Paul W. Pratt, D.C. v. AZ Board of Chiropractic Examiners


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The Board alleged Dr. Pratt committed violations including "failure to clearly designate himself as a Chiropractic Doctor/Physician, referencing a 'confidential report', possessing skills that other health care practitioners do not possess, and disclosing the names of patients without first having obtained informed consent." They found violations and imposed discipline consisting of a $250 fine, a cease and desist order for the advertising, two years' probation, and requirements to take the NBCE Ethics and Boundaries Exam and the Arizona Board's Jurisprudence Exam.

Dr. Pratt challenged the Board in Superior Court. The Court lruled in his favor almost 100% and tossed out the vast majority of the Board's discipline as arbitrary, capricious and excessive. ACS filed an Amicus Curiae (Friend of the Court) brief (read here) to advise the court that ACS agreed the penalty was clearly arbitrary and excessive. The Judge's ruling, and his denial for reconsideration of his ruling, are posted on this webpage. The AAC, a proxy for the Board, would never file an Amicus brief in such a case.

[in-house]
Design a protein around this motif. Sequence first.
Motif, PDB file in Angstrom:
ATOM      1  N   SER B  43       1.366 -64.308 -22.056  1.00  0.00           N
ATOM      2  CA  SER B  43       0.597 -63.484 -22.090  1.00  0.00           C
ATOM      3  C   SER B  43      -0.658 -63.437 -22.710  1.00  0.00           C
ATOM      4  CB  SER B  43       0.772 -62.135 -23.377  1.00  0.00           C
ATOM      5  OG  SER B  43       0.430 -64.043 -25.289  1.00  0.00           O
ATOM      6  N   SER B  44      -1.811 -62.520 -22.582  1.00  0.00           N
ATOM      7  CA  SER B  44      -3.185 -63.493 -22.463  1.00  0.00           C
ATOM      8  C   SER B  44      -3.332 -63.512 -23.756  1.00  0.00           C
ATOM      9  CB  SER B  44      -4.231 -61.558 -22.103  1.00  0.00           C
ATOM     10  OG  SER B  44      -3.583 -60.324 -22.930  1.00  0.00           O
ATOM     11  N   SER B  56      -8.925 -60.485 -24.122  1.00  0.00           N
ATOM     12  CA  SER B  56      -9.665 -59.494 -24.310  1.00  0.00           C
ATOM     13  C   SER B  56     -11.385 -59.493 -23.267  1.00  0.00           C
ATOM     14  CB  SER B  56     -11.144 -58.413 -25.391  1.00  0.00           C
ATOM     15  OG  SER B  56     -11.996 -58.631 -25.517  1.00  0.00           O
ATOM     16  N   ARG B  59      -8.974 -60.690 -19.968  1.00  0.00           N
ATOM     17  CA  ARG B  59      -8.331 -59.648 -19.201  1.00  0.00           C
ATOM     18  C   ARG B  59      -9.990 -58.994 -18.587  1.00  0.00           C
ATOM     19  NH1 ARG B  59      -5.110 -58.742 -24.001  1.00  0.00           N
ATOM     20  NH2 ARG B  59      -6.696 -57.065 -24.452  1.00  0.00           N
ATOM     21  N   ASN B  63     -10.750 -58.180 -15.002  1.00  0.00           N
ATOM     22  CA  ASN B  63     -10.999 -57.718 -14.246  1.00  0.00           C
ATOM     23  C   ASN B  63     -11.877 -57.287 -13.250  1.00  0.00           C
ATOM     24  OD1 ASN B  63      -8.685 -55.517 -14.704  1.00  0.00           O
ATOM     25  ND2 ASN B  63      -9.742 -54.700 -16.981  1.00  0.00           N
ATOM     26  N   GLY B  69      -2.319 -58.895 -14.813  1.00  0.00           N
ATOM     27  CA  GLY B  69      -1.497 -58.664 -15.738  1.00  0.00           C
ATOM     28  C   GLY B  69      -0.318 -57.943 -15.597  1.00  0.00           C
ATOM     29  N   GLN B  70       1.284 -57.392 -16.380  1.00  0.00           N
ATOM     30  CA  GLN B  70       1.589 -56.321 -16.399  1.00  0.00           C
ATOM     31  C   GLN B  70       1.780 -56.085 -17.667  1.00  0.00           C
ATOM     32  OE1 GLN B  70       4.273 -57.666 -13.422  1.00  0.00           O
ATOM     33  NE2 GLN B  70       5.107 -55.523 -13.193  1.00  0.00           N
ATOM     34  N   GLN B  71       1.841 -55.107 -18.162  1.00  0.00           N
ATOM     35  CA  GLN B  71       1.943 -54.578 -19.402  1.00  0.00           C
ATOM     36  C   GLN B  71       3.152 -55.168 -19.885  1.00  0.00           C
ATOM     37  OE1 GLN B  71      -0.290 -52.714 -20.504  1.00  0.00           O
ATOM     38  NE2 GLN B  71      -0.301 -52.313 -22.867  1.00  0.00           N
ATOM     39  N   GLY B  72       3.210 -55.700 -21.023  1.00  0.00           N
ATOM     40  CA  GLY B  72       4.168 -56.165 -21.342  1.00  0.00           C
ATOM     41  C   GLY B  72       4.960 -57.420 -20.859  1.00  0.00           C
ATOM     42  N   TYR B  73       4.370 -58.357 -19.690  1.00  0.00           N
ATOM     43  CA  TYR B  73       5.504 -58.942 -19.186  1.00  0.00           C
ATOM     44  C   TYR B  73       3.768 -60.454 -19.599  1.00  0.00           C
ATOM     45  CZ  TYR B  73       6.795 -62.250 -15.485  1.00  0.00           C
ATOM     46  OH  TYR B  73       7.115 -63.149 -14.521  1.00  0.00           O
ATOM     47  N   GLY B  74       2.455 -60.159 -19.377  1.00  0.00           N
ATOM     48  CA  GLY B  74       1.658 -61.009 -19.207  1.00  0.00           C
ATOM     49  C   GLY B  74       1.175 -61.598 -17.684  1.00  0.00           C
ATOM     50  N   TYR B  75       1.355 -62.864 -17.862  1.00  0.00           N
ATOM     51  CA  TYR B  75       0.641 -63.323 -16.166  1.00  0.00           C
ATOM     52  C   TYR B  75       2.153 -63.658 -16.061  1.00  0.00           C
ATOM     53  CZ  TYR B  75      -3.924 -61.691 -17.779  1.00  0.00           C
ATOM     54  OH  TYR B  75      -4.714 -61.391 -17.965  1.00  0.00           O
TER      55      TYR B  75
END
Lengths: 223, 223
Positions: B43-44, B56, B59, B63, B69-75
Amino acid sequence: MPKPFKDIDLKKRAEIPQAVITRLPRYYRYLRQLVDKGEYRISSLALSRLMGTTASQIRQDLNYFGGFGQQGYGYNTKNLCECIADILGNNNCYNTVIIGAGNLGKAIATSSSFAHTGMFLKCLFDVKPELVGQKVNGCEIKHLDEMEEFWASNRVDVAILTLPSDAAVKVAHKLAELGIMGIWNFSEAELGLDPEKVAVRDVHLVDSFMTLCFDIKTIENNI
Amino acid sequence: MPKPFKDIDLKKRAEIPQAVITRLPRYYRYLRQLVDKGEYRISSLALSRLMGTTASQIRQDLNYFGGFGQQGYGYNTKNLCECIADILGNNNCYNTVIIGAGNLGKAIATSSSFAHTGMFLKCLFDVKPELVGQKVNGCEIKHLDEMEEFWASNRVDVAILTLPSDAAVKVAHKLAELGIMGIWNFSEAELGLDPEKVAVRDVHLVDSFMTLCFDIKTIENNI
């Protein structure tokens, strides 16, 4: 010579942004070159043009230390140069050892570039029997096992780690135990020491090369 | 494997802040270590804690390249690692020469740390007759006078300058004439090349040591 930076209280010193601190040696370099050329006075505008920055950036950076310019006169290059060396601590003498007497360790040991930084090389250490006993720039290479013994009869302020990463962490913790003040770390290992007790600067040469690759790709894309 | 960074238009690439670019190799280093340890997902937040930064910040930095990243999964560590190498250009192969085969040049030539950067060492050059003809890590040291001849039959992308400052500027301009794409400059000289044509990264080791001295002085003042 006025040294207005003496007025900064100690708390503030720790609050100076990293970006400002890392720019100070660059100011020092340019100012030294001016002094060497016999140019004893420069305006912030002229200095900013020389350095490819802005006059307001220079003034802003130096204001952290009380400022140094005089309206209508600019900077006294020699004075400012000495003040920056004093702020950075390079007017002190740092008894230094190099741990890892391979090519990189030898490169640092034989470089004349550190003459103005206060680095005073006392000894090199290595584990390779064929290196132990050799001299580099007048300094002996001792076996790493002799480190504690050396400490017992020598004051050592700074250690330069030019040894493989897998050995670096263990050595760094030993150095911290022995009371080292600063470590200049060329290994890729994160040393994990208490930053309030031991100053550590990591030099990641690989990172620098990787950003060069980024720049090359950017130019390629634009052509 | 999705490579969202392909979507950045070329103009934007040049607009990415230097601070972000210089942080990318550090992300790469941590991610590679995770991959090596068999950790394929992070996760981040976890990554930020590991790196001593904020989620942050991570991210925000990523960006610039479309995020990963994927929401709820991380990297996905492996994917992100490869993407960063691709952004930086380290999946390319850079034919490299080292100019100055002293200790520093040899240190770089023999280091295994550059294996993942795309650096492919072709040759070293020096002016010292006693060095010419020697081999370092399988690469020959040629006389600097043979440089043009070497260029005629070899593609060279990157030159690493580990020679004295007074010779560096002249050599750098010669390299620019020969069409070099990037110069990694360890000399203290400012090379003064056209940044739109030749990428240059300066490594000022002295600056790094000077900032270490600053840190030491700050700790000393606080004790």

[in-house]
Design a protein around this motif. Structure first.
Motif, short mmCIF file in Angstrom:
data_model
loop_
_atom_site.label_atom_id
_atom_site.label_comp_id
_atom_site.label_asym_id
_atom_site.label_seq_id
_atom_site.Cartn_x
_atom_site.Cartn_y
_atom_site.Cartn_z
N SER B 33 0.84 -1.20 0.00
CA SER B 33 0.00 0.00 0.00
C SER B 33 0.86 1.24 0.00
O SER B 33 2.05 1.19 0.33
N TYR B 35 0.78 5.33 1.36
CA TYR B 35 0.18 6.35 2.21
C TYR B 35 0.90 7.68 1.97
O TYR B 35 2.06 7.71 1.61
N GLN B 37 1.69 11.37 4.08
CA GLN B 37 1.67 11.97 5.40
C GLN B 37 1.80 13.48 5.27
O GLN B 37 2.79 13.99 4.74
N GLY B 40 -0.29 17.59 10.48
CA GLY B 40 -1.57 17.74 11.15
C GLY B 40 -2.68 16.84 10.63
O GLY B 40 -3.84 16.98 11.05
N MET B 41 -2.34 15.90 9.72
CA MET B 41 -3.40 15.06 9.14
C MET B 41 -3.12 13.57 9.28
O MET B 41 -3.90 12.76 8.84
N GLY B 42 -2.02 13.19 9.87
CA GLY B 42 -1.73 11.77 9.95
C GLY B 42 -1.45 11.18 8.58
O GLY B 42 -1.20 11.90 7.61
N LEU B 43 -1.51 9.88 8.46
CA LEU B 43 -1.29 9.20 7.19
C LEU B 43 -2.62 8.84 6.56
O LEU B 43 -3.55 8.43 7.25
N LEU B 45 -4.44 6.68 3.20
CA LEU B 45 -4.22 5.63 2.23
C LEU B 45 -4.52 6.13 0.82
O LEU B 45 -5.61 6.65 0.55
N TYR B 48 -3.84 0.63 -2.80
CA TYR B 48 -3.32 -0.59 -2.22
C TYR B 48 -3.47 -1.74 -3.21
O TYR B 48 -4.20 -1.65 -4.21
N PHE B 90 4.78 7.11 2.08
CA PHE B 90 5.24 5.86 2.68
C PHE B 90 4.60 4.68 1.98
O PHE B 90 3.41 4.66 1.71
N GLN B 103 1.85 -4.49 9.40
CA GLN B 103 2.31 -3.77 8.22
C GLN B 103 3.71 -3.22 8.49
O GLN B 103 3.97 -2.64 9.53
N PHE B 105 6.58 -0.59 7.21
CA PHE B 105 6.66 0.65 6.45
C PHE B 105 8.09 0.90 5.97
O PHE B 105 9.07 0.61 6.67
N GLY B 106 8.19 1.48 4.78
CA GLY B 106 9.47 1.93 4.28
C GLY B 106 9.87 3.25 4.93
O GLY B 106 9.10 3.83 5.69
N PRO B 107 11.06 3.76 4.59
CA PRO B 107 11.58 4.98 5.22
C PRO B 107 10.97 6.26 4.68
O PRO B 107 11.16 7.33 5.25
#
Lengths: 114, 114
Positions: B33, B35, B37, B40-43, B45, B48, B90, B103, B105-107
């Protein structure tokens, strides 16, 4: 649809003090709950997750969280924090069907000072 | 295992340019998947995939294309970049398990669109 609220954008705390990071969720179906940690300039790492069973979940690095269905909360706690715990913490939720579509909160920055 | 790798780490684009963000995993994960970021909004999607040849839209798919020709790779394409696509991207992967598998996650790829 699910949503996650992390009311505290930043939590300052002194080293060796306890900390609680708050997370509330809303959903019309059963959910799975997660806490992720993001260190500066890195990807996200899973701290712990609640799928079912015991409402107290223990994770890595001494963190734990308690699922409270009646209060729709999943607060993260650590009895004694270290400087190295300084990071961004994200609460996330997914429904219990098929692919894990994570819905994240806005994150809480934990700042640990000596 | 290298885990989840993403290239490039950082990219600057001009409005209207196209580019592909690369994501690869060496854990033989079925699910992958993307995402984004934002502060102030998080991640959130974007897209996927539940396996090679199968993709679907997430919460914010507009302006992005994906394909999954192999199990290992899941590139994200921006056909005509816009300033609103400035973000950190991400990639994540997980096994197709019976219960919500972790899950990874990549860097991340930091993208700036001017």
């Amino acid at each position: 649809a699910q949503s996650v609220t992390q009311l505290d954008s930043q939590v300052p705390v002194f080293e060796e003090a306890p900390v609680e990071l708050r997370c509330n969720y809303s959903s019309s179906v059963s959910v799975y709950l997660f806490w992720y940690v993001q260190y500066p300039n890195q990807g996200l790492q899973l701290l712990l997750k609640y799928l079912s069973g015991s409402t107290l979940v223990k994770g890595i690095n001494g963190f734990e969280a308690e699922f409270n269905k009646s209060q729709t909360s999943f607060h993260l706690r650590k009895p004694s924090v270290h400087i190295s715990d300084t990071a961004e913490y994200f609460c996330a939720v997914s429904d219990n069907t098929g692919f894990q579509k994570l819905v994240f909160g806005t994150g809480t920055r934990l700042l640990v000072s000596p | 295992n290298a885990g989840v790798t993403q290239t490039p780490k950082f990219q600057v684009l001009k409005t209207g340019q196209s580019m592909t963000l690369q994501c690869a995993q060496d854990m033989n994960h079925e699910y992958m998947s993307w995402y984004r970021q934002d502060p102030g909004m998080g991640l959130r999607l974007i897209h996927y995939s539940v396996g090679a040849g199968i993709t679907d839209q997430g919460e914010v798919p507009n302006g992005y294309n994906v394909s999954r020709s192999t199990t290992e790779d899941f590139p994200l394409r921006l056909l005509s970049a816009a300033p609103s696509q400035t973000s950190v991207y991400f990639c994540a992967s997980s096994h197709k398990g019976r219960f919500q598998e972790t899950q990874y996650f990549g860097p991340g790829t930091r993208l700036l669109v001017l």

This is a landmark case since it confirms the facts on this webpage and in ACS publications. ACS has stated consistently for years that the Chiropractic Board is "excessive, arbitrary and capricious" with its disciplinary rulings. The Board and its allies at the AAC have disagreed. Now, Judge Michael Miller of Pima County Superior Court, an independent and objective party, has agreed with ACS. The time is long past for the Board to change its practices and for the AAC to stop supporting the status quo.